Monday, July 12, 2010

The addicted mind

I recently read a post by a fellow blogger who was struggling to stop smoking. I don't know how it is going because he vowed to quit forever quite recently. I give kudos to anyone who is trying to change a bad habit. What did Mark Twain say about this? You stop a bad habit by dragging it down the stairs, one step at a time, not tossing it out forever.

I am trying to quit drinking coffee for the umpteenth time because it's not good for my reflux. Intellectually, I know this. Emotionally, I don't know if I can live without coffee! It's one of the small, intense joys of my life. I have a FB friend who spent about a month posting status reports relating to coffee --- the aroma, the gotta-have-it quality, all kinds of creative plays on coffee and caffeine. She & I have a lot in common!

The mind is quite persistent about continuing a bad habit. There is an obvious explanation: those things we do frequently become hardwired into the brain. A neural shortcut develops over time. This also may explain chronic pain. Even if the original physical complaint no longer exists, the body may still feel phantom pain that is quite real in the way it is experienced. This can be an explanation for chronic back pain or headaches or other pains that do not respond to treatment.

The mind is quite devious at getting what it wants, when it comes to perpetuating a bad habit. It will coax, taunt, and throw a tantrum. It will start negotiating to undermine your resolution. If you want to quit something "forever," the mind will whisper -- forever -- that's a really, really long time. And it's so drastic. Do you really need to do something that drastic?

Then it starts the rationalizing. The little lies. Which are different from big lies, only in that they haven't grown up yet.

Will it ruin you to have just one more (whatever it is) or make it an occasional treat? What would be wrong with that? Why would you want to deprive yourself completely of something that has been such an ingrained part of your life, not to mention something that's given you pleasure and joy, things that aren't exactly abundant in this world? You can control it. You can have one exception, enjoy it, then go back to abstinence.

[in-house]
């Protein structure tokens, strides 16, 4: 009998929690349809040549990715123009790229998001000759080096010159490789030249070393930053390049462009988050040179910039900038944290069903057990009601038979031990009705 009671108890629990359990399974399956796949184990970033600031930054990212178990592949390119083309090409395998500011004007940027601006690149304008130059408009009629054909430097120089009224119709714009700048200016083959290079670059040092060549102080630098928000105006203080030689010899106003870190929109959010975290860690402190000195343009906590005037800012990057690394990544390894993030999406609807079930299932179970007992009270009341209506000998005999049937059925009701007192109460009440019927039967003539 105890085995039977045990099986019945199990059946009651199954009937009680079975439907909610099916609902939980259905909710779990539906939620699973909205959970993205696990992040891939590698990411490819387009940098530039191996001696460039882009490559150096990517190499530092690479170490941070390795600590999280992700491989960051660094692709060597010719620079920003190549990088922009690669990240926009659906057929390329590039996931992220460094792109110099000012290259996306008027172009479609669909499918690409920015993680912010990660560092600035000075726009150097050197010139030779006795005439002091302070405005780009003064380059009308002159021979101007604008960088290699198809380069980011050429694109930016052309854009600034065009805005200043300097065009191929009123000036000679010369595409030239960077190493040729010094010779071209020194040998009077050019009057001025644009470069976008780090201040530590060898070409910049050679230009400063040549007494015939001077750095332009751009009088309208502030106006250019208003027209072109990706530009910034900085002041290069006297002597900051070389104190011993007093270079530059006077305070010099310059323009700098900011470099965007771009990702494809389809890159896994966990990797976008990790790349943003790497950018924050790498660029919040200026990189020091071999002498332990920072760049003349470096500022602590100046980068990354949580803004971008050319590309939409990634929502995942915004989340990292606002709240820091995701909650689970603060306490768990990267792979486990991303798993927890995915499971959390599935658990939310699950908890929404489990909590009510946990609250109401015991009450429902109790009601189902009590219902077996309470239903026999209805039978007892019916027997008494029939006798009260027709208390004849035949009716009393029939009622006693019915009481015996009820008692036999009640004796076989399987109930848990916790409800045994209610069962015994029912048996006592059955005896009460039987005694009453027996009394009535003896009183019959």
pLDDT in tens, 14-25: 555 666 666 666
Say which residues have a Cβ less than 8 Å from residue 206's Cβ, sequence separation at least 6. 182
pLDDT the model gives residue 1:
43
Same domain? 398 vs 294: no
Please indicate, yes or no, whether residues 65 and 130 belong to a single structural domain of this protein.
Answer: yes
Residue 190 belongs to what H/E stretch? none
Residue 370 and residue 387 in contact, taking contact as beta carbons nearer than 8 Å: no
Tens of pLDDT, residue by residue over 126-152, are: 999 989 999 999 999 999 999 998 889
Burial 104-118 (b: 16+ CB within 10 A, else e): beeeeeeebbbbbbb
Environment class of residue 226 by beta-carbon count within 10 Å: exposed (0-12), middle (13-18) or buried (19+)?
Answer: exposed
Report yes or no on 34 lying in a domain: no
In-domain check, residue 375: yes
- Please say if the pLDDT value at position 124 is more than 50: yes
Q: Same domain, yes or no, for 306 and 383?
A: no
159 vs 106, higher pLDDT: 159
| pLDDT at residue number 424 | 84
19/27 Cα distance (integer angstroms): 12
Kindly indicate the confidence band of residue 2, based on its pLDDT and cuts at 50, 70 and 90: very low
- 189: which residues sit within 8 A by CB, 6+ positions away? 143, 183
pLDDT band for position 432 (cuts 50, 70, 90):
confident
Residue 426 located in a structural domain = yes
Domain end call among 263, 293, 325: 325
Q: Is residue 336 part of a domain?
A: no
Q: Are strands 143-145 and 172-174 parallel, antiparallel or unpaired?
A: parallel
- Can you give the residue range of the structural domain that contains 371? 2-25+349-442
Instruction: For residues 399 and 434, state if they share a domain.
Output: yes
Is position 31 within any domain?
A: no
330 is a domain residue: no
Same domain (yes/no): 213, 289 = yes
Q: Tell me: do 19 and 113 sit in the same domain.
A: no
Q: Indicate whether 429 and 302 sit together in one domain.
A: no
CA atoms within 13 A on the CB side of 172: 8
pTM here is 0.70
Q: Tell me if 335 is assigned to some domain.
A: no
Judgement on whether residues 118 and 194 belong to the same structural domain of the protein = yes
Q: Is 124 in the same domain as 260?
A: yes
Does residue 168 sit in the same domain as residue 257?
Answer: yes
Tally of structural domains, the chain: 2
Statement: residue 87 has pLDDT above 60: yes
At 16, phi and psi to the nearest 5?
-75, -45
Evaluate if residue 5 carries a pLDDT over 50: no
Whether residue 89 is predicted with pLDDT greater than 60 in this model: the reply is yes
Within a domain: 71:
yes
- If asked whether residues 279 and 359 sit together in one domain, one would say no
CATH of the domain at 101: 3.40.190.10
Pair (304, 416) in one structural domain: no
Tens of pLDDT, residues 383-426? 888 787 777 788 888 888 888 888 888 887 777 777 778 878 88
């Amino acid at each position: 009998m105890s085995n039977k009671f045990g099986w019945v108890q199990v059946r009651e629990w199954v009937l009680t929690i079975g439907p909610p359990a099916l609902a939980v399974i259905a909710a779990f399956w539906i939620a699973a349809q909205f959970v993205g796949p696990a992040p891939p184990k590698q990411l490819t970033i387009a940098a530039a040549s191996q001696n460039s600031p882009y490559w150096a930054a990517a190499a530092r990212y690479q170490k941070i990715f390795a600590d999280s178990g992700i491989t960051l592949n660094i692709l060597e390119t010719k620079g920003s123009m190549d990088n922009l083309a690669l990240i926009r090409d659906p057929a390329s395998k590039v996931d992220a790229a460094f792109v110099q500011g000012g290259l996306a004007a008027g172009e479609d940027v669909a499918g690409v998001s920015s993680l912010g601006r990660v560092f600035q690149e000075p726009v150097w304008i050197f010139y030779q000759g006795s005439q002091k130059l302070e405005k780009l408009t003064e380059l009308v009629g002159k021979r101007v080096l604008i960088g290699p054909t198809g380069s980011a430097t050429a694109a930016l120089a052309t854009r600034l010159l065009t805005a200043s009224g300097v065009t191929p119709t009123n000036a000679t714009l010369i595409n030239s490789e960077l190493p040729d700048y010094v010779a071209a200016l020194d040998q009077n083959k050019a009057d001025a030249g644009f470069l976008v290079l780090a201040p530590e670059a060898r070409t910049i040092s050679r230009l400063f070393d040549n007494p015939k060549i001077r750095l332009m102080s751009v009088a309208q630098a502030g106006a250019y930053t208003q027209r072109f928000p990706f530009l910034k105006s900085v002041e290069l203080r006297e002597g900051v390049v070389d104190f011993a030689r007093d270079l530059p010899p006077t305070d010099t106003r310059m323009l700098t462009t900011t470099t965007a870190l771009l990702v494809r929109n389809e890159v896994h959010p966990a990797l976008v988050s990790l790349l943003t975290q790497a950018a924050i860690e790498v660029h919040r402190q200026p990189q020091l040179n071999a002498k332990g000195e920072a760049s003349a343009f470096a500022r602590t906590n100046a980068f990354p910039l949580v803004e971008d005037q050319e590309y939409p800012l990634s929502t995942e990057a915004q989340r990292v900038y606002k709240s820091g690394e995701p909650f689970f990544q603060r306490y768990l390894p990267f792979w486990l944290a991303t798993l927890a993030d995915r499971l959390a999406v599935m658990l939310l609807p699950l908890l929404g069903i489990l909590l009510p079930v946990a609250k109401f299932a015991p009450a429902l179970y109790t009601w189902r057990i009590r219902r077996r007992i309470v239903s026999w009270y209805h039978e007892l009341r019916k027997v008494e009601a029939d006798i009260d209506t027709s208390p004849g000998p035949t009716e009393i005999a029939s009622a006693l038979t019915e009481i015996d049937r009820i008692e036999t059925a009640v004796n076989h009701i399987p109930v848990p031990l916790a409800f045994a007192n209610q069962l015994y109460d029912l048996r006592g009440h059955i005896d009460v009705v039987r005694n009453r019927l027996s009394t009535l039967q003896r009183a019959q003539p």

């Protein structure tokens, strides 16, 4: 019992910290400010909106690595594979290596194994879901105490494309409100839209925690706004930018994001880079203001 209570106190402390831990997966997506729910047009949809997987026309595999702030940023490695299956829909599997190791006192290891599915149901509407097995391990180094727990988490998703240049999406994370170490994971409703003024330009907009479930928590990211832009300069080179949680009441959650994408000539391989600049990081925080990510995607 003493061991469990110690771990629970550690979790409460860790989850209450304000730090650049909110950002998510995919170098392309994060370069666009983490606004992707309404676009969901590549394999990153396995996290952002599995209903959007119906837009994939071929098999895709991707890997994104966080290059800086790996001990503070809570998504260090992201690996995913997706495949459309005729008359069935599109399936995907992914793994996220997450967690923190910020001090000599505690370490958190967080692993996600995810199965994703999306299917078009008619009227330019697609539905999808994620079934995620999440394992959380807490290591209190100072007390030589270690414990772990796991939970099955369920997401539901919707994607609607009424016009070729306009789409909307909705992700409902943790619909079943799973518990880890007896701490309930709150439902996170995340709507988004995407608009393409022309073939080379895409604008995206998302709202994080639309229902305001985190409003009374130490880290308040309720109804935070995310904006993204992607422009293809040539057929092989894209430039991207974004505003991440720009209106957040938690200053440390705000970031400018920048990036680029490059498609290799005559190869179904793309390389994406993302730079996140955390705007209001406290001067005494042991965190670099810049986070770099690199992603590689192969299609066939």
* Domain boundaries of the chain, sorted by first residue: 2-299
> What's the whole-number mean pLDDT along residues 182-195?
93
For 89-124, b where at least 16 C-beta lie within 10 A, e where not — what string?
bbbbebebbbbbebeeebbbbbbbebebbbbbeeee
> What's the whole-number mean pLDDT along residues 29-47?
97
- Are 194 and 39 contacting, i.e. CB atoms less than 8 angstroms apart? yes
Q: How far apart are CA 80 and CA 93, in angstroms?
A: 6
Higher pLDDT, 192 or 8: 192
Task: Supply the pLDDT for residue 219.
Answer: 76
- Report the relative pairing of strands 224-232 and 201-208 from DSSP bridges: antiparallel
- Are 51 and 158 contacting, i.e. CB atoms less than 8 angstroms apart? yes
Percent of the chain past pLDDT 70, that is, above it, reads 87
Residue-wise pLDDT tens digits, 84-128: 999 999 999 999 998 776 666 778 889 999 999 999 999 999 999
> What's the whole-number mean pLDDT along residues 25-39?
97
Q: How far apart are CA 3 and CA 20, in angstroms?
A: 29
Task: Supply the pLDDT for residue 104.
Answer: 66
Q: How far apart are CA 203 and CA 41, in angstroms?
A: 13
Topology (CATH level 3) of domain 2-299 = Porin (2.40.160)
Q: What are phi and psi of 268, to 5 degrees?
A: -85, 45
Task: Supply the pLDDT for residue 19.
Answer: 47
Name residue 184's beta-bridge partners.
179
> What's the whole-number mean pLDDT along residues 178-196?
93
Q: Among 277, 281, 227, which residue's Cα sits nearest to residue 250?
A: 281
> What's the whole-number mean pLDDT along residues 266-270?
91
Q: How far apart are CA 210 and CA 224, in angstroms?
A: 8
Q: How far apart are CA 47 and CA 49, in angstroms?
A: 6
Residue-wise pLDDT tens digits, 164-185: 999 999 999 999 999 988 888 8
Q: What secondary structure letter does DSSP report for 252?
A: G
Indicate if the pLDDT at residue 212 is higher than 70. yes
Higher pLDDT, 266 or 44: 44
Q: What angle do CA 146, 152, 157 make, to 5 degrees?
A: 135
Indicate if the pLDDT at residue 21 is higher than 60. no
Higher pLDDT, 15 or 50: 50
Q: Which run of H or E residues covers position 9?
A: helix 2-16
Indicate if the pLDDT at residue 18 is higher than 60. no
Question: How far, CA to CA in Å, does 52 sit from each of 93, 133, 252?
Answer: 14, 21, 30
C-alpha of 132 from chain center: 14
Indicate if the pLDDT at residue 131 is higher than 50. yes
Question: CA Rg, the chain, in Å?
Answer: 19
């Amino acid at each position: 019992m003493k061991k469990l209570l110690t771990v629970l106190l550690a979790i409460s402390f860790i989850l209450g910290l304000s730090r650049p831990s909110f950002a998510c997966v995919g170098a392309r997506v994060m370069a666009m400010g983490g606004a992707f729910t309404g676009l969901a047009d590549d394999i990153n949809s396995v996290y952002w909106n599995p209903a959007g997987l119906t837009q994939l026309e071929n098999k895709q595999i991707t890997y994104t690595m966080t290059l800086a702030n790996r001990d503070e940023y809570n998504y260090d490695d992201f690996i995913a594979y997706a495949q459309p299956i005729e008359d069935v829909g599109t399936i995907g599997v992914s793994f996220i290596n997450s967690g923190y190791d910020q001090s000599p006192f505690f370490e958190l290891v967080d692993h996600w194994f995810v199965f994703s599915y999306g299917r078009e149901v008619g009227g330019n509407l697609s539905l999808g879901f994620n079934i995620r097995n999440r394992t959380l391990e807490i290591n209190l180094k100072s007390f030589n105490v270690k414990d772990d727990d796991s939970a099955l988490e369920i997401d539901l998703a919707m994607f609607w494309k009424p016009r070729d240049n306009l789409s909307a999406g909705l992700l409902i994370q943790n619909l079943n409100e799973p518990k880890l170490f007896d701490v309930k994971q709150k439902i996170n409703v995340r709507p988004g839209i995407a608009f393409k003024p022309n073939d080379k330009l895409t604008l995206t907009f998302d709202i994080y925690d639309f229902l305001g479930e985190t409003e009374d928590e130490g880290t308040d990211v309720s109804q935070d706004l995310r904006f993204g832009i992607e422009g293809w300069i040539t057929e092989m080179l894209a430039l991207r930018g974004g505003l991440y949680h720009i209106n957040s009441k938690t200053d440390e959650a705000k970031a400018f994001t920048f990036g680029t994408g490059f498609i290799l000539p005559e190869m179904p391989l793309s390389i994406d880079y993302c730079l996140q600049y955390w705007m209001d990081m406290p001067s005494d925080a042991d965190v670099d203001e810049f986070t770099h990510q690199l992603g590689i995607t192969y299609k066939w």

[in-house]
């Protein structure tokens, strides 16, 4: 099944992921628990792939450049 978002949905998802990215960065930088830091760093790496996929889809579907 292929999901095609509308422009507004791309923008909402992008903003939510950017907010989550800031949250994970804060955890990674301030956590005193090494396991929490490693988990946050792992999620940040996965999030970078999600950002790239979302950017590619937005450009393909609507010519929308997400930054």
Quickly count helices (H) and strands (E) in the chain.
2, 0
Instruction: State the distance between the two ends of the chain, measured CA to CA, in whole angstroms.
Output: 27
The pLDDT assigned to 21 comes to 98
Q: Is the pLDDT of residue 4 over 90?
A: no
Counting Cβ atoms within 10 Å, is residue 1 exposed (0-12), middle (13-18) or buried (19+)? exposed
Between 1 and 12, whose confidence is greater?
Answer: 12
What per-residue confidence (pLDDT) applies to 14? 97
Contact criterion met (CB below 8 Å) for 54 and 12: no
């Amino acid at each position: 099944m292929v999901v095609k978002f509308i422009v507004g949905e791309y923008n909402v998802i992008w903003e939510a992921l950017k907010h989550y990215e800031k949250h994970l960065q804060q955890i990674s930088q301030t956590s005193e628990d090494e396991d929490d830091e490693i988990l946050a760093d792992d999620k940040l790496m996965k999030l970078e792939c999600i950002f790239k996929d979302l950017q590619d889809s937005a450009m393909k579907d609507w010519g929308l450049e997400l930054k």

And then there are the triggers, the times when you normally would be indulging. For me, it's early in the morning and about 3 pm. At work, these are the times when I smell the coffee brewing and get a strong urge to enjoy some. Strong, nearly overwhelming. And really, what harm is there in just 2 cups of coffee a day? Two measly cups. That's all my mind asks. Over and over, during times when I feel strong, and at times when I am caving in and impulsive.

My doctor asked what size cups of coffee I drank -- she said she felt it was important to distinguish. 8 ounces? Or a Bill Miller tea bucket size? Details, my mind whispers. She's being so picky.

It just takes one impulsive slip to fall off that wagon of abstinence. It seems like falling off is so much easier than climbing back on the durn thing. And you barely feel the pain of failing. The pain, in many cases, is deferred -- maybe later, when you come down with cancer or other health problem; maybe never. Don't you like to gamble? It makes life more exciting.

The pleasure? That's NOW, baby. Get it while you can. Quick! Don't think about it. Don't over-analyze.

So people say that quitting smoking is the hardest, hardest thing to do. I'm just glad I never started.What a lucky break that was with parents who both smoked. But I've got to tell all those people who think that quitting smoking is the toughest -- I'll give them a run for their money with me and coffee.

1 comment:

  1. Falling off is definitely the easy part. I can vouch for that. But so far, I am staying on with the no-smoking thing. Perhaps I was just ready. I had tried many times before. But this time just felt like the right time. I had done the prep work, and all it took was a decision. Not that it's been easy, mind you. There are days . . .

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